Camera Lucida Exhibition
"Camera Lucida: Sonochemical Observatory" is an immersive spatial art work by Evelina Domnitch and Dmitry Gelfand, which was exhibited during the IFFR and Museumnacht at V2_ in 2007.
Camera Lucida creates a fleeting ephemeral materiality by intersecting ultrasound with hyperlight, in essence it creates an unstable sonic aurora. Developed in collaboration with numerous physics research labs the 'observatory', a transparent gas-filled chamber, converts sound waves into visible light by employing a phenomenon known as sonoluminescence.
Here, gaseous micro-bubbles injected within a fluid medium are blasted with ultrasound causing them to implode, at which point they become as hot as the sun and release light energy in the form of sound waves. By modulating, or 'playing' the ultrasonic transducers attached to the glass chamber an ever-changing sonochemical environment, visible only within a sheath of extreme darkness, emerges. Theories for the cause of the glow from the collapsing bubbles are still the realm of exploratory and to some extent speculative physics ranging in abstract theories from black-body radiation and plasma ionization to quantum vacuum fluctuations. The Camera Lucida: Sonochemical Observatory creates a rare opportunity, as a powerful aural and visual experience, to encounter this volatile phenomenon outside the confines of highly specialized sonochemical laboratories.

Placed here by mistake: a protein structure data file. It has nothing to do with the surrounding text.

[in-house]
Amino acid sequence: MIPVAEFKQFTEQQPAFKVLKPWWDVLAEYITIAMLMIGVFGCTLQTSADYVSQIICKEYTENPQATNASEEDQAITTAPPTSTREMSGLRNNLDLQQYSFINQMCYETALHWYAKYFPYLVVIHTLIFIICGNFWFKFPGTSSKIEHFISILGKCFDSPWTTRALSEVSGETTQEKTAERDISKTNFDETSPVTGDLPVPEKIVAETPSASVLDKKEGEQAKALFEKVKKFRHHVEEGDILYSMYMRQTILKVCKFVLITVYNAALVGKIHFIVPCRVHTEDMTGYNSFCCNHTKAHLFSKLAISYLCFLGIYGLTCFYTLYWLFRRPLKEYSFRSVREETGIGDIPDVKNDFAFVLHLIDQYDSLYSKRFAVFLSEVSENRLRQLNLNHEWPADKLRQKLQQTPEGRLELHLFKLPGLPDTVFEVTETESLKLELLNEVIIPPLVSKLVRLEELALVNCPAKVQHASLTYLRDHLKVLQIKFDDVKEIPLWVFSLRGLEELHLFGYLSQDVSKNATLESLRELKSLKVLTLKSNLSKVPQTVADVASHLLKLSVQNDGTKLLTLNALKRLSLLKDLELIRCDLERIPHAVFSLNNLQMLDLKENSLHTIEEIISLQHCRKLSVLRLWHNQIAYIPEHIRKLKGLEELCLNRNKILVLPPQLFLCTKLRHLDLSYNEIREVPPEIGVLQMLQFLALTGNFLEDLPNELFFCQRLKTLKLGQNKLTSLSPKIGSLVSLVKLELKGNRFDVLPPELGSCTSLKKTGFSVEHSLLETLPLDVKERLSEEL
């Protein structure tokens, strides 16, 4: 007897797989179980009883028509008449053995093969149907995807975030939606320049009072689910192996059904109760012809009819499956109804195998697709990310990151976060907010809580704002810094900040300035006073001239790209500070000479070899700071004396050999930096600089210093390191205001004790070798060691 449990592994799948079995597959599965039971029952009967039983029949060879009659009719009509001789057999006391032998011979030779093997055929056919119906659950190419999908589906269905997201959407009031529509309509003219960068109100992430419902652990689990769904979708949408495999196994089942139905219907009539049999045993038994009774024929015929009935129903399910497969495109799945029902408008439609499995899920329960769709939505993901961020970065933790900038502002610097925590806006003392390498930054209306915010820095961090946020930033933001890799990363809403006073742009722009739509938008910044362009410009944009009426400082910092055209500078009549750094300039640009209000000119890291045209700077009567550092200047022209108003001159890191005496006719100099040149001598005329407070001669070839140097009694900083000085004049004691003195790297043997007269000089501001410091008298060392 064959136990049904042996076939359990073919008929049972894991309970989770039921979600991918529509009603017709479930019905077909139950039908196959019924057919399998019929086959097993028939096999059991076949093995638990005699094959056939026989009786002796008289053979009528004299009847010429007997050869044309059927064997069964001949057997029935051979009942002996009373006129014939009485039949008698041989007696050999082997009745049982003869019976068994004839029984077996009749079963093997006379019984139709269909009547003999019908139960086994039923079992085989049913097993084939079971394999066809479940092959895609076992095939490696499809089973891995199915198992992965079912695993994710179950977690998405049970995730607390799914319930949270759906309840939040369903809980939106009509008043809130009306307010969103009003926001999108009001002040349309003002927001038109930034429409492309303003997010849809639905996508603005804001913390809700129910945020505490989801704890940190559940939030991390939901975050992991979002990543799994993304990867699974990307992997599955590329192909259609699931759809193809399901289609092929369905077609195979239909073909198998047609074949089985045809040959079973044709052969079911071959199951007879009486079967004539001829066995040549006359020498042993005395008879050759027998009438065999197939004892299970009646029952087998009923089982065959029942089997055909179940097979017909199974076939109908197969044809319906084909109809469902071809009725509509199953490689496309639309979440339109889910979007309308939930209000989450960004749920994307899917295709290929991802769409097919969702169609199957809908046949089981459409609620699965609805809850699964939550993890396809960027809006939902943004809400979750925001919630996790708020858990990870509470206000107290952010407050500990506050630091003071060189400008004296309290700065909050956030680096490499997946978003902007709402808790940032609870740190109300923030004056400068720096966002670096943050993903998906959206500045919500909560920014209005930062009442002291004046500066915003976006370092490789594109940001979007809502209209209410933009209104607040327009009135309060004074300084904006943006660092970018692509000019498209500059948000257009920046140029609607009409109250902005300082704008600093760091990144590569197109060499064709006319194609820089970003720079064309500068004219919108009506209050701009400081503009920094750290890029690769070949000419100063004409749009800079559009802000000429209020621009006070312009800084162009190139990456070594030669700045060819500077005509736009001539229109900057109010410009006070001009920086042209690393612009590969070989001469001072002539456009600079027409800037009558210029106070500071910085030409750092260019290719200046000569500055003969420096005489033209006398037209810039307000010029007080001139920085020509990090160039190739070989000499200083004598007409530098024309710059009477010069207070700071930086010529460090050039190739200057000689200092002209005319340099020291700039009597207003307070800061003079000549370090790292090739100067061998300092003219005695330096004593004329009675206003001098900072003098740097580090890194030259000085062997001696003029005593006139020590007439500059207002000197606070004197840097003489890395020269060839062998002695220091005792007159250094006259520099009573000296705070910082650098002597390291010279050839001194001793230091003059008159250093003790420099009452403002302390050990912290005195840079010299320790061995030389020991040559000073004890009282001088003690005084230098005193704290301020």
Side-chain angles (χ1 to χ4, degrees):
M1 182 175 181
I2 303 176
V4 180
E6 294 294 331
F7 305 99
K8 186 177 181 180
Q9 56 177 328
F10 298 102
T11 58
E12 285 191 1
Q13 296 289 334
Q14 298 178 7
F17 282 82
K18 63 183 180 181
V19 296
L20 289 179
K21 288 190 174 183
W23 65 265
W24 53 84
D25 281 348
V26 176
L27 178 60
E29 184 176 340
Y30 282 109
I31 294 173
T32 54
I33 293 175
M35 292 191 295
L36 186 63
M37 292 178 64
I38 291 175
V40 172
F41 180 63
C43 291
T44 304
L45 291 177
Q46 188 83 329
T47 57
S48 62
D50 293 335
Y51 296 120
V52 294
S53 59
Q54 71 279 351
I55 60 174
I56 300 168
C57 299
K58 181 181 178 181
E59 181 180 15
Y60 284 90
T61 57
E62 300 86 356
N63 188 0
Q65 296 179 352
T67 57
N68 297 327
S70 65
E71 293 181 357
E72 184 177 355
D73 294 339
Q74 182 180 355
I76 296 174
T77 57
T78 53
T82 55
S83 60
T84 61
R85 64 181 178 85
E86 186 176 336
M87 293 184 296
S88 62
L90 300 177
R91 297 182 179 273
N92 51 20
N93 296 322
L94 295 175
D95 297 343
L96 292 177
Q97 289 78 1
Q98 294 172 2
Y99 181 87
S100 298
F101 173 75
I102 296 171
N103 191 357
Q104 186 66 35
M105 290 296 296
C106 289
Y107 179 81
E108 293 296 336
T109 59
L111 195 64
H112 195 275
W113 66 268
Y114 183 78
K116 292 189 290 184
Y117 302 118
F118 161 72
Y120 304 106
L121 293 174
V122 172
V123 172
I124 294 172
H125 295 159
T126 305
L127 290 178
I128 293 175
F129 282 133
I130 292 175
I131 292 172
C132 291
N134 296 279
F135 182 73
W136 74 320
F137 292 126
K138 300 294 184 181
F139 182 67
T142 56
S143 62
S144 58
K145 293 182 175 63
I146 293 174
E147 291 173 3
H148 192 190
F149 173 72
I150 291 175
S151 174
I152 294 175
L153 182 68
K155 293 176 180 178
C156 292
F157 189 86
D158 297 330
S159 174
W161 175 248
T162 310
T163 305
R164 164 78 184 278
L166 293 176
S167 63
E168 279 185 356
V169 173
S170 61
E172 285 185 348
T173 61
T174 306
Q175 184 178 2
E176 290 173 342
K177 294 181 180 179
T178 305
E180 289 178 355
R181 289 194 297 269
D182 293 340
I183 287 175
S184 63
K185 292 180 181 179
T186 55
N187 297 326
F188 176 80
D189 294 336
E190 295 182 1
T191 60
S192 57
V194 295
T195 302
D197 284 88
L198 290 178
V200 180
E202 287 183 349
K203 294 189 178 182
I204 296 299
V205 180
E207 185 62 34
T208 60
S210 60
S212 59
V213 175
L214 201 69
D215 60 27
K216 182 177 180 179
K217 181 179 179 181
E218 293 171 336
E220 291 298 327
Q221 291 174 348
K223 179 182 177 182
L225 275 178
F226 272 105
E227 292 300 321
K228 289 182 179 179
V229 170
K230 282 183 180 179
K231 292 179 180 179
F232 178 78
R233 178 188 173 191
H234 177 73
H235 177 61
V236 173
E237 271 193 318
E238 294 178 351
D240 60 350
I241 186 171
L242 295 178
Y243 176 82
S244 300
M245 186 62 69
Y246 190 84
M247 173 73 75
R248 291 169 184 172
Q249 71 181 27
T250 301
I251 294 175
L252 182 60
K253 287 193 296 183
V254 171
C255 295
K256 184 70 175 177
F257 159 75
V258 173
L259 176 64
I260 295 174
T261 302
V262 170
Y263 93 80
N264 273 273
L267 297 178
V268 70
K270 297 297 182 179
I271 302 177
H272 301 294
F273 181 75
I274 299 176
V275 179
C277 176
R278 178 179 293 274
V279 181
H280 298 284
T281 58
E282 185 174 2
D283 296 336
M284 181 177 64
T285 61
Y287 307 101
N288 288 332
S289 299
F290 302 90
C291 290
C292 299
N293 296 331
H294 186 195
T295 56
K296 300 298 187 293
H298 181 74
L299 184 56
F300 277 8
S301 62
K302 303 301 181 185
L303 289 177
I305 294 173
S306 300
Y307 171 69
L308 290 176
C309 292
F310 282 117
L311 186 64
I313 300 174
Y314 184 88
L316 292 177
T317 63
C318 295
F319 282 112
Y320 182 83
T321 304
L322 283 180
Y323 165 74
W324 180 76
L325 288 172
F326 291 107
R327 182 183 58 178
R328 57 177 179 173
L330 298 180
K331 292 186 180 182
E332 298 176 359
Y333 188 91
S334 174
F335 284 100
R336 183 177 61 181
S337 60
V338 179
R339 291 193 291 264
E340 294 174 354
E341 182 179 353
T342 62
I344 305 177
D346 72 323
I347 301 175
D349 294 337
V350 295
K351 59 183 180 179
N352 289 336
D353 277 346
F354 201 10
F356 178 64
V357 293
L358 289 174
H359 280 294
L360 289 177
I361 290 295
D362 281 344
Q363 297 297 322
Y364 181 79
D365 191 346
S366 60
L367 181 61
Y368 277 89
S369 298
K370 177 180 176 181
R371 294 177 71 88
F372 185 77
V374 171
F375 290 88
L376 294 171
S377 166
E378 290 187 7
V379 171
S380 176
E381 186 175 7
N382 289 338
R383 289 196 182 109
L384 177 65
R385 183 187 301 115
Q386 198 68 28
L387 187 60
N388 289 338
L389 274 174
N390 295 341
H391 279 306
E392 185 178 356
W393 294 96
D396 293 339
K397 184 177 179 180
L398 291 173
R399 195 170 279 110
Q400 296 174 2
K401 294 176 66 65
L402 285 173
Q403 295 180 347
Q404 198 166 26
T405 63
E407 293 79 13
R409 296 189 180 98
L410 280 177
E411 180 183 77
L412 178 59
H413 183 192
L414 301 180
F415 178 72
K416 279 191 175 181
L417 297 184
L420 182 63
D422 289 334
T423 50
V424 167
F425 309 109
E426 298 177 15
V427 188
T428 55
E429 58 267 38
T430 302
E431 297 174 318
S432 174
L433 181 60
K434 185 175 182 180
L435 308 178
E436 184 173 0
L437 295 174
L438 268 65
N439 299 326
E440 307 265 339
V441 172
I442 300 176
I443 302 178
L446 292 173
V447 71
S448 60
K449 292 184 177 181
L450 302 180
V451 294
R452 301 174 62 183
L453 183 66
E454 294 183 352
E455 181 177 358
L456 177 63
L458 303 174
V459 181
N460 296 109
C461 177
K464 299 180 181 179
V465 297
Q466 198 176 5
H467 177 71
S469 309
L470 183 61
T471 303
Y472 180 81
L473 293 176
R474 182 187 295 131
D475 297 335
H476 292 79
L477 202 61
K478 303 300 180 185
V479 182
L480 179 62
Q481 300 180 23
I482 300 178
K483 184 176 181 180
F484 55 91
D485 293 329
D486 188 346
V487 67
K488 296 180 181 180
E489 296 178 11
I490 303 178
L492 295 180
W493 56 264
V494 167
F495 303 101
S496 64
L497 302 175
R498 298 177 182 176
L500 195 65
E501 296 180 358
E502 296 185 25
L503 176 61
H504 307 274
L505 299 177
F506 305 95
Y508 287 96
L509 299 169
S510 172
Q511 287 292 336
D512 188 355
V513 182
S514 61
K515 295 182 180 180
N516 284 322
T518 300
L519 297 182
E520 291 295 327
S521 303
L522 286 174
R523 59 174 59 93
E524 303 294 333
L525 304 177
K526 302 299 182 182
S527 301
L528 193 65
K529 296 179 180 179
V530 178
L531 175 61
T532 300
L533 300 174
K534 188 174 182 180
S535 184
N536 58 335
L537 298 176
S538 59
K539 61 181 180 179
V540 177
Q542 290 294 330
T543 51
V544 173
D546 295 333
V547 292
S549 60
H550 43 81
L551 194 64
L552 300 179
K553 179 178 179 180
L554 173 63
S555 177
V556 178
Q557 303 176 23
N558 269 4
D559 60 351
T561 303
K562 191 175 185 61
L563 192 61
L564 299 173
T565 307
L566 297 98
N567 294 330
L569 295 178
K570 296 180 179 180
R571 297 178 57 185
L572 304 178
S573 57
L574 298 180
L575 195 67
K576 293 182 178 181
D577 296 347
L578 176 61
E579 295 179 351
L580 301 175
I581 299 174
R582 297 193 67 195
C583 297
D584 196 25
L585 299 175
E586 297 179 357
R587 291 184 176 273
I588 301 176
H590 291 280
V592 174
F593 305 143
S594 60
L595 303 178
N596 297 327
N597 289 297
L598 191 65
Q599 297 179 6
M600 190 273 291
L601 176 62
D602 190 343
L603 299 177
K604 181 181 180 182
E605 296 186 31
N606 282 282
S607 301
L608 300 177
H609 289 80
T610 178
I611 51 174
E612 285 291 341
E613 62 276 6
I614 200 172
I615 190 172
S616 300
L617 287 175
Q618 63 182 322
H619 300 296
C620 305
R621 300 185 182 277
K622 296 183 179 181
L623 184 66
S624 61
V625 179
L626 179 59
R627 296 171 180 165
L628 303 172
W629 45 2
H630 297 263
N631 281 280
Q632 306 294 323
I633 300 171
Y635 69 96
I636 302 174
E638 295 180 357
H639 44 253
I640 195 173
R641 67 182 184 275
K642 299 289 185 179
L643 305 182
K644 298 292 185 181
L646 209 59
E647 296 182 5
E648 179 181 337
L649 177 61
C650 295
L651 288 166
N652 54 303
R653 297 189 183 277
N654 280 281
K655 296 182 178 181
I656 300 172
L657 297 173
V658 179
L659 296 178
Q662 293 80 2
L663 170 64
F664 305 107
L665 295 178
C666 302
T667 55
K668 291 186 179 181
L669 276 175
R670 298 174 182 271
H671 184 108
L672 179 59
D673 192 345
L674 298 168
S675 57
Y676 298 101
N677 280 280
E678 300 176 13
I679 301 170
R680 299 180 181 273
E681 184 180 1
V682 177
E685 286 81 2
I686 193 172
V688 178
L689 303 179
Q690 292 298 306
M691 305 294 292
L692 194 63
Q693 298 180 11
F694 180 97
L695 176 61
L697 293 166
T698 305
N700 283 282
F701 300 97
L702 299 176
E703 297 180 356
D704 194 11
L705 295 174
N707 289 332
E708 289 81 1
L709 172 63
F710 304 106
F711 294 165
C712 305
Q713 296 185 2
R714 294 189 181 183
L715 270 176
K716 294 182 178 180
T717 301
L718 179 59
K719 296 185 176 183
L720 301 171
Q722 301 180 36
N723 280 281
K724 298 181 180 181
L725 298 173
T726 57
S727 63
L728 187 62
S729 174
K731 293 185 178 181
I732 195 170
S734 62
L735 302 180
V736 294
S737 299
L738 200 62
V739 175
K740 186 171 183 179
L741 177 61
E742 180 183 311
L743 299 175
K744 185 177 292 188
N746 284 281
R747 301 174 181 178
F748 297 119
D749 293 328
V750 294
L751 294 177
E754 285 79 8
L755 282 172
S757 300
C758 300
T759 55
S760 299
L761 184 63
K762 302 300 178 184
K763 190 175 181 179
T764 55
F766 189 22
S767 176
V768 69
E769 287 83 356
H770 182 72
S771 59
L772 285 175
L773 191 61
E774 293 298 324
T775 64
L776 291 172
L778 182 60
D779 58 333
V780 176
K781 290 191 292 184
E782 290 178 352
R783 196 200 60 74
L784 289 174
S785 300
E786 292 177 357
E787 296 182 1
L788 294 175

Belarussian/American artist duo Evelina Domnitch and Dmitry Gelfand's practice creates cross-disciplinary art works that integrates physics, chemistry and computer science with philosophical practice. With the Camera Lucida they work to harness wave phenomena, both as sound and light in order to examine intrinsic questions of spatial perception and perpetuality. Although they collaborate closely with scientific laboratories in Japan, Germany, Russia, Belgium, Belarus, and the U.S their interest moves beyond a purely scientific investigation of our world into an exploration of contemporary thought. These collaborations illustrate that despite the omnipotence of technology, science alone cannot encompass the unrecordable workings of consciousness. Having dismissed all forms of fixative and recording media, Domnitch and Gelfand's installations exist as unstable, ever-transforming phenomena offered for observation. Because the rarely seen manifestations the artists employ take place directly in front of the observer without the distortion and flattening effect of screens and monitors, the art works serve to vastly extend the observer's sensory envelope. The immediacy of this experience allows the viewer/listener to transcend the illusory distinction between scientific discovery and perceptual cognition.